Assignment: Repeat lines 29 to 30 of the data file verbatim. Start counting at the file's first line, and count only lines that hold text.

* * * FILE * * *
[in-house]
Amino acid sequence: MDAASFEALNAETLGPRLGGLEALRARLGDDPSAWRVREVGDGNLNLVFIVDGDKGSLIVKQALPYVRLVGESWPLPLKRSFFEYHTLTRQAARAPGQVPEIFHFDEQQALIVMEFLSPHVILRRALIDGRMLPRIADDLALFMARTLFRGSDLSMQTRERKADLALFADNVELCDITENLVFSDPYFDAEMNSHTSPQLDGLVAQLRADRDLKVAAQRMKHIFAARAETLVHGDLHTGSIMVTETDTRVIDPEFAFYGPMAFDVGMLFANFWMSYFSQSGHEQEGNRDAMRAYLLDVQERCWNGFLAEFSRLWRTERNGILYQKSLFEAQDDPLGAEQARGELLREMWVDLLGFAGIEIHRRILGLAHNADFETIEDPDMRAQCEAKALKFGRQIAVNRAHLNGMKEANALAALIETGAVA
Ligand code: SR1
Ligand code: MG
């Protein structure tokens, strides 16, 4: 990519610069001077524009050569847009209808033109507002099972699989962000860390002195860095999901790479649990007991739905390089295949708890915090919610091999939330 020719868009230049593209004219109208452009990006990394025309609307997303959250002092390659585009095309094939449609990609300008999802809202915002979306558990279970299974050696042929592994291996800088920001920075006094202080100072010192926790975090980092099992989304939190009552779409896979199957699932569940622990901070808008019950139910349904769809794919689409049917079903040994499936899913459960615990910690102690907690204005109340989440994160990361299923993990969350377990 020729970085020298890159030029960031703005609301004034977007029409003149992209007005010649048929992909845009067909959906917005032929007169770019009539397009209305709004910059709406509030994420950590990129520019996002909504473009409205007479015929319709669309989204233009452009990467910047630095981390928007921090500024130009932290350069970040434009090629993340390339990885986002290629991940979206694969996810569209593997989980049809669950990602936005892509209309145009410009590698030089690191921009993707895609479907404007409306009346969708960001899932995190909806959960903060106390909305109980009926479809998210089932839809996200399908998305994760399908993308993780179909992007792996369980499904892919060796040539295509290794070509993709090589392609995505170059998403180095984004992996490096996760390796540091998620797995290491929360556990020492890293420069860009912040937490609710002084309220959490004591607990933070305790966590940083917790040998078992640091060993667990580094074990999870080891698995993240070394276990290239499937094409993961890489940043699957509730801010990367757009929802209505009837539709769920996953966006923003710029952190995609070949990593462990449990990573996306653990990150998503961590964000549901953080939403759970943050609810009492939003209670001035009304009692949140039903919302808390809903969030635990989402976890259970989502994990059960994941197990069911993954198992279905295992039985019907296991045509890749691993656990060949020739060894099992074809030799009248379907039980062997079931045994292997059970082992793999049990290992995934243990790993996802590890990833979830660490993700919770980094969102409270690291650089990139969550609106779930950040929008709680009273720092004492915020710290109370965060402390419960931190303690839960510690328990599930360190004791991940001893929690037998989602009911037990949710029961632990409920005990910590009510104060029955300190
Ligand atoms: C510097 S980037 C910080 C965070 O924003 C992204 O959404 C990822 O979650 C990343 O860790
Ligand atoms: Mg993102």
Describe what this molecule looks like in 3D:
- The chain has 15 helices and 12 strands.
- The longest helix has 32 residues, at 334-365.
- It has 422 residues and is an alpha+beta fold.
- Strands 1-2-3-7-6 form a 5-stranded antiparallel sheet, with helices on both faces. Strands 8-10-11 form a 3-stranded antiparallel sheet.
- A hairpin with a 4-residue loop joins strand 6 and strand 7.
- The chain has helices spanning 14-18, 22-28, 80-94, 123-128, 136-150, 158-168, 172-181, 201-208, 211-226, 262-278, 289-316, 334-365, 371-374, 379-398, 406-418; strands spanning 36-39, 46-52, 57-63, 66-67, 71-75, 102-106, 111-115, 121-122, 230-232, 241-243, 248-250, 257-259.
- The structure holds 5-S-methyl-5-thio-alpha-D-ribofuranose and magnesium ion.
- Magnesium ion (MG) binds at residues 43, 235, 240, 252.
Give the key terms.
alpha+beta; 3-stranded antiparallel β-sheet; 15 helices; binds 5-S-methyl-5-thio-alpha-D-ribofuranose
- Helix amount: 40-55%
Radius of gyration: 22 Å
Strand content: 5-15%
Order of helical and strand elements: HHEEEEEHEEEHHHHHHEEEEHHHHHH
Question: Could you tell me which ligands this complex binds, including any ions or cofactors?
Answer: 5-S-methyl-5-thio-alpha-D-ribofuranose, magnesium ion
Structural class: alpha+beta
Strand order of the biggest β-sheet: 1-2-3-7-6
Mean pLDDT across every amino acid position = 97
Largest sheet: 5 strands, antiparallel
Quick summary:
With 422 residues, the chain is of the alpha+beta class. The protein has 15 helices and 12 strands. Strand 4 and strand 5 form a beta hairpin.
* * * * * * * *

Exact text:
Quick summary:
With 422 residues, the chain is of the alpha+beta class. The protein has 15 helices and 12 strands. Strand 4 and strand 5 form a beta hairpin.